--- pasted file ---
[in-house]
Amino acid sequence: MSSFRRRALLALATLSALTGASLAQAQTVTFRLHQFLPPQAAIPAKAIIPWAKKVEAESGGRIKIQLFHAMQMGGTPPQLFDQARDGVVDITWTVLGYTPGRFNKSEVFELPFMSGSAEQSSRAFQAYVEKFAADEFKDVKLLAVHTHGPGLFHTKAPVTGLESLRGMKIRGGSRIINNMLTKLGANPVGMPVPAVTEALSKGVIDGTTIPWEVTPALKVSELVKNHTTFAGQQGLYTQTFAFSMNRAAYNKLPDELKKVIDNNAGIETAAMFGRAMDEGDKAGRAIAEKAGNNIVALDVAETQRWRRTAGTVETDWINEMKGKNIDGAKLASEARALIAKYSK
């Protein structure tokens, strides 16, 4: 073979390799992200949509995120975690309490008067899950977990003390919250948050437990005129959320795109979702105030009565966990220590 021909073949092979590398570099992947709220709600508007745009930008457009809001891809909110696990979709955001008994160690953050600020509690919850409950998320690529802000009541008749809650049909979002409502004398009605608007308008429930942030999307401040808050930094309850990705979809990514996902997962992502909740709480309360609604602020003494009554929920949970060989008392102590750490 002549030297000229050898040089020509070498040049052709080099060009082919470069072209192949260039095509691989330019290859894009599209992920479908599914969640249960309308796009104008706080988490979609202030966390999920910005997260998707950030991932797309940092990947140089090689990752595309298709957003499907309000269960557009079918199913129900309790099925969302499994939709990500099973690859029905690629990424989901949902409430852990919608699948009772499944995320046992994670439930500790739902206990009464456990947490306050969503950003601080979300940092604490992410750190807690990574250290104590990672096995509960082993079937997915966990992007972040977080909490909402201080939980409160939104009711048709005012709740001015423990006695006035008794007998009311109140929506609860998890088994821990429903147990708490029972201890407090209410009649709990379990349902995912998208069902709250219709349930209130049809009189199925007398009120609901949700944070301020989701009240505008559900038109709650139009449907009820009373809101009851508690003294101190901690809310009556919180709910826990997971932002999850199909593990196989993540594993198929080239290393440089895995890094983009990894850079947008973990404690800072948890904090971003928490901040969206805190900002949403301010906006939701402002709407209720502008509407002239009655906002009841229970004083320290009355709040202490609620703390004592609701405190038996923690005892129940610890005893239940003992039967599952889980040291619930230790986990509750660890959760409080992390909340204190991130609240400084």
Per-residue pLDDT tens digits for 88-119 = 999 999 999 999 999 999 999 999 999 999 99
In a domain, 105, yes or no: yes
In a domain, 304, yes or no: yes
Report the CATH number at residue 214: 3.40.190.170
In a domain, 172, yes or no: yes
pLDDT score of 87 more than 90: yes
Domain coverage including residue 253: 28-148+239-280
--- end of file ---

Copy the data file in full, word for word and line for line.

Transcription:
[in-house]
Amino acid sequence: MSSFRRRALLALATLSALTGASLAQAQTVTFRLHQFLPPQAAIPAKAIIPWAKKVEAESGGRIKIQLFHAMQMGGTPPQLFDQARDGVVDITWTVLGYTPGRFNKSEVFELPFMSGSAEQSSRAFQAYVEKFAADEFKDVKLLAVHTHGPGLFHTKAPVTGLESLRGMKIRGGSRIINNMLTKLGANPVGMPVPAVTEALSKGVIDGTTIPWEVTPALKVSELVKNHTTFAGQQGLYTQTFAFSMNRAAYNKLPDELKKVIDNNAGIETAAMFGRAMDEGDKAGRAIAEKAGNNIVALDVAETQRWRRTAGTVETDWINEMKGKNIDGAKLASEARALIAKYSK
């Protein structure tokens, strides 16, 4: 073979390799992200949509995120975690309490008067899950977990003390919250948050437990005129959320795109979702105030009565966990220590 021909073949092979590398570099992947709220709600508007745009930008457009809001891809909110696990979709955001008994160690953050600020509690919850409950998320690529802000009541008749809650049909979002409502004398009605608007308008429930942030999307401040808050930094309850990705979809990514996902997962992502909740709480309360609604602020003494009554929920949970060989008392102590750490 002549030297000229050898040089020509070498040049052709080099060009082919470069072209192949260039095509691989330019290859894009599209992920479908599914969640249960309308796009104008706080988490979609202030966390999920910005997260998707950030991932797309940092990947140089090689990752595309298709957003499907309000269960557009079918199913129900309790099925969302499994939709990500099973690859029905690629990424989901949902409430852990919608699948009772499944995320046992994670439930500790739902206990009464456990947490306050969503950003601080979300940092604490992410750190807690990574250290104590990672096995509960082993079937997915966990992007972040977080909490909402201080939980409160939104009711048709005012709740001015423990006695006035008794007998009311109140929506609860998890088994821990429903147990708490029972201890407090209410009649709990379990349902995912998208069902709250219709349930209130049809009189199925007398009120609901949700944070301020989701009240505008559900038109709650139009449907009820009373809101009851508690003294101190901690809310009556919180709910826990997971932002999850199909593990196989993540594993198929080239290393440089895995890094983009990894850079947008973990404690800072948890904090971003928490901040969206805190900002949403301010906006939701402002709407209720502008509407002239009655906002009841229970004083320290009355709040202490609620703390004592609701405190038996923690005892129940610890005893239940003992039967599952889980040291619930230790986990509750660890959760409080992390909340204190991130609240400084």
Per-residue pLDDT tens digits for 88-119 = 999 999 999 999 999 999 999 999 999 999 99
In a domain, 105, yes or no: yes
In a domain, 304, yes or no: yes
Report the CATH number at residue 214: 3.40.190.170
In a domain, 172, yes or no: yes
pLDDT score of 87 more than 90: yes
Domain coverage including residue 253: 28-148+239-280